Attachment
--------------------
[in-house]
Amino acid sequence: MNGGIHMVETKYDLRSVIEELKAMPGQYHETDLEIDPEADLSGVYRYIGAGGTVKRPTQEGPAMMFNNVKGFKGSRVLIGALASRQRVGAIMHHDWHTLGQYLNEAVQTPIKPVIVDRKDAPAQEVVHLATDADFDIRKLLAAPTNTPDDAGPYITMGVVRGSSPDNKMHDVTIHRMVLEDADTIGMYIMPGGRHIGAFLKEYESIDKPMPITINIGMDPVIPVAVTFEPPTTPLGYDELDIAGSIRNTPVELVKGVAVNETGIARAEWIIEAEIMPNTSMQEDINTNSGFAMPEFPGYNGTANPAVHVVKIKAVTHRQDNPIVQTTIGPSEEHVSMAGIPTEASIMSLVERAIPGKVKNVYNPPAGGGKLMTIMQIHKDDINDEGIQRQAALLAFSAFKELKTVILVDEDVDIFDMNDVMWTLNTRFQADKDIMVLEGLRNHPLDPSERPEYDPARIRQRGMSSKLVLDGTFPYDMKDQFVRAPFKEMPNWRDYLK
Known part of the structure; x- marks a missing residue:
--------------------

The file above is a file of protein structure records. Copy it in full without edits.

[in-house]
Amino acid sequence: MNGGIHMVETKYDLRSVIEELKAMPGQYHETDLEIDPEADLSGVYRYIGAGGTVKRPTQEGPAMMFNNVKGFKGSRVLIGALASRQRVGAIMHHDWHTLGQYLNEAVQTPIKPVIVDRKDAPAQEVVHLATDADFDIRKLLAAPTNTPDDAGPYITMGVVRGSSPDNKMHDVTIHRMVLEDADTIGMYIMPGGRHIGAFLKEYESIDKPMPITINIGMDPVIPVAVTFEPPTTPLGYDELDIAGSIRNTPVELVKGVAVNETGIARAEWIIEAEIMPNTSMQEDINTNSGFAMPEFPGYNGTANPAVHVVKIKAVTHRQDNPIVQTTIGPSEEHVSMAGIPTEASIMSLVERAIPGKVKNVYNPPAGGGKLMTIMQIHKDDINDEGIQRQAALLAFSAFKELKTVILVDEDVDIFDMNDVMWTLNTRFQADKDIMVLEGLRNHPLDPSERPEYDPARIRQRGMSSKLVLDGTFPYDMKDQFVRAPFKEMPNWRDYLK
Known part of the structure; x- marks a missing residue: